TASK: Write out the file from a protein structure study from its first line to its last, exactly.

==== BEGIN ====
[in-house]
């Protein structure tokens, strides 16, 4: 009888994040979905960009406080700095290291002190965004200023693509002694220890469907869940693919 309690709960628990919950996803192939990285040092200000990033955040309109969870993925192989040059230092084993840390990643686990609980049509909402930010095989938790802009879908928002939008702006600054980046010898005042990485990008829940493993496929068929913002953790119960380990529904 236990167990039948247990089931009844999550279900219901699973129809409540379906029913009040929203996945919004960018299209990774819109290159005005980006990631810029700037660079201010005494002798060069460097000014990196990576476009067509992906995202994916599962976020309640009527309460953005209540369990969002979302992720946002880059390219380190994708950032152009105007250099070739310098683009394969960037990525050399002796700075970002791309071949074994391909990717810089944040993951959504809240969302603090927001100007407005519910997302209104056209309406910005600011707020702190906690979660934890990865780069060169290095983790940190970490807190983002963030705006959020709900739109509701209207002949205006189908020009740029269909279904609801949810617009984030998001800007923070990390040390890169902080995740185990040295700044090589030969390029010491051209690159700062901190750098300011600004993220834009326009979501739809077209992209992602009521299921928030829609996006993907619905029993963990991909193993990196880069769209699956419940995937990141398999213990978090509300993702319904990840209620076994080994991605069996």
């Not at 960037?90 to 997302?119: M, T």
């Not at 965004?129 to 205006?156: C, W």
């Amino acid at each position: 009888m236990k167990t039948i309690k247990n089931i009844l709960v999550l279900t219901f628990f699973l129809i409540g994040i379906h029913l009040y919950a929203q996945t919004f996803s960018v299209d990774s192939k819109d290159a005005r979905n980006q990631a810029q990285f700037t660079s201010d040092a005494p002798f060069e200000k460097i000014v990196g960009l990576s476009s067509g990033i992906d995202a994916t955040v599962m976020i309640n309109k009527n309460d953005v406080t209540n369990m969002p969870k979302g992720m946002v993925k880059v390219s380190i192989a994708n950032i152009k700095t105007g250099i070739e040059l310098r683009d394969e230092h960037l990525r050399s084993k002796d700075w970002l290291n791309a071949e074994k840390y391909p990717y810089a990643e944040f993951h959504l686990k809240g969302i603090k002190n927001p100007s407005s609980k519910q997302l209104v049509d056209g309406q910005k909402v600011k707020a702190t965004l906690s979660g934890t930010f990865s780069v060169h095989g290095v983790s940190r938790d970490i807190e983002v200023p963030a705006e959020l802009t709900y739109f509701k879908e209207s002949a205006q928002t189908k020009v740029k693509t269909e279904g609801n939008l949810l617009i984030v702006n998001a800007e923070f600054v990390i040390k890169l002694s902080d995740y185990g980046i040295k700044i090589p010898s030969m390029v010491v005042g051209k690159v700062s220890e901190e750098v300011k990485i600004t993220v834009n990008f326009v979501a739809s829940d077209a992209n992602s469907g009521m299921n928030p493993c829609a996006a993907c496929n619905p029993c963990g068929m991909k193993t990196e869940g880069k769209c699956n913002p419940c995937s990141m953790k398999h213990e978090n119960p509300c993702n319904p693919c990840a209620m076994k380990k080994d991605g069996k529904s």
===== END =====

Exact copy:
[in-house]
């Protein structure tokens, strides 16, 4: 009888994040979905960009406080700095290291002190965004200023693509002694220890469907869940693919 309690709960628990919950996803192939990285040092200000990033955040309109969870993925192989040059230092084993840390990643686990609980049509909402930010095989938790802009879908928002939008702006600054980046010898005042990485990008829940493993496929068929913002953790119960380990529904 236990167990039948247990089931009844999550279900219901699973129809409540379906029913009040929203996945919004960018299209990774819109290159005005980006990631810029700037660079201010005494002798060069460097000014990196990576476009067509992906995202994916599962976020309640009527309460953005209540369990969002979302992720946002880059390219380190994708950032152009105007250099070739310098683009394969960037990525050399002796700075970002791309071949074994391909990717810089944040993951959504809240969302603090927001100007407005519910997302209104056209309406910005600011707020702190906690979660934890990865780069060169290095983790940190970490807190983002963030705006959020709900739109509701209207002949205006189908020009740029269909279904609801949810617009984030998001800007923070990390040390890169902080995740185990040295700044090589030969390029010491051209690159700062901190750098300011600004993220834009326009979501739809077209992209992602009521299921928030829609996006993907619905029993963990991909193993990196880069769209699956419940995937990141398999213990978090509300993702319904990840209620076994080994991605069996």
């Not at 960037?90 to 997302?119: M, T």
């Not at 965004?129 to 205006?156: C, W």
């Amino acid at each position: 009888m236990k167990t039948i309690k247990n089931i009844l709960v999550l279900t219901f628990f699973l129809i409540g994040i379906h029913l009040y919950a929203q996945t919004f996803s960018v299209d990774s192939k819109d290159a005005r979905n980006q990631a810029q990285f700037t660079s201010d040092a005494p002798f060069e200000k460097i000014v990196g960009l990576s476009s067509g990033i992906d995202a994916t955040v599962m976020i309640n309109k009527n309460d953005v406080t209540n369990m969002p969870k979302g992720m946002v993925k880059v390219s380190i192989a994708n950032i152009k700095t105007g250099i070739e040059l310098r683009d394969e230092h960037l990525r050399s084993k002796d700075w970002l290291n791309a071949e074994k840390y391909p990717y810089a990643e944040f993951h959504l686990k809240g969302i603090k002190n927001p100007s407005s609980k519910q997302l209104v049509d056209g309406q910005k909402v600011k707020a702190t965004l906690s979660g934890t930010f990865s780069v060169h095989g290095v983790s940190r938790d970490i807190e983002v200023p963030a705006e959020l802009t709900y739109f509701k879908e209207s002949a205006q928002t189908k020009v740029k693509t269909e279904g609801n939008l949810l617009i984030v702006n998001a800007e923070f600054v990390i040390k890169l002694s902080d995740y185990g980046i040295k700044i090589p010898s030969m390029v010491v005042g051209k690159v700062s220890e901190e750098v300011k990485i600004t993220v834009n990008f326009v979501a739809s829940d077209a992209n992602s469907g009521m299921n928030p493993c829609a996006a993907c496929n619905p029993c963990g068929m991909k193993t990196e869940g880069k769209c699956n913002p419940c995937s990141m953790k398999h213990e978090n119960p509300c993702n319904p693919c990840a209620m076994k380990k080994d991605g069996k529904s």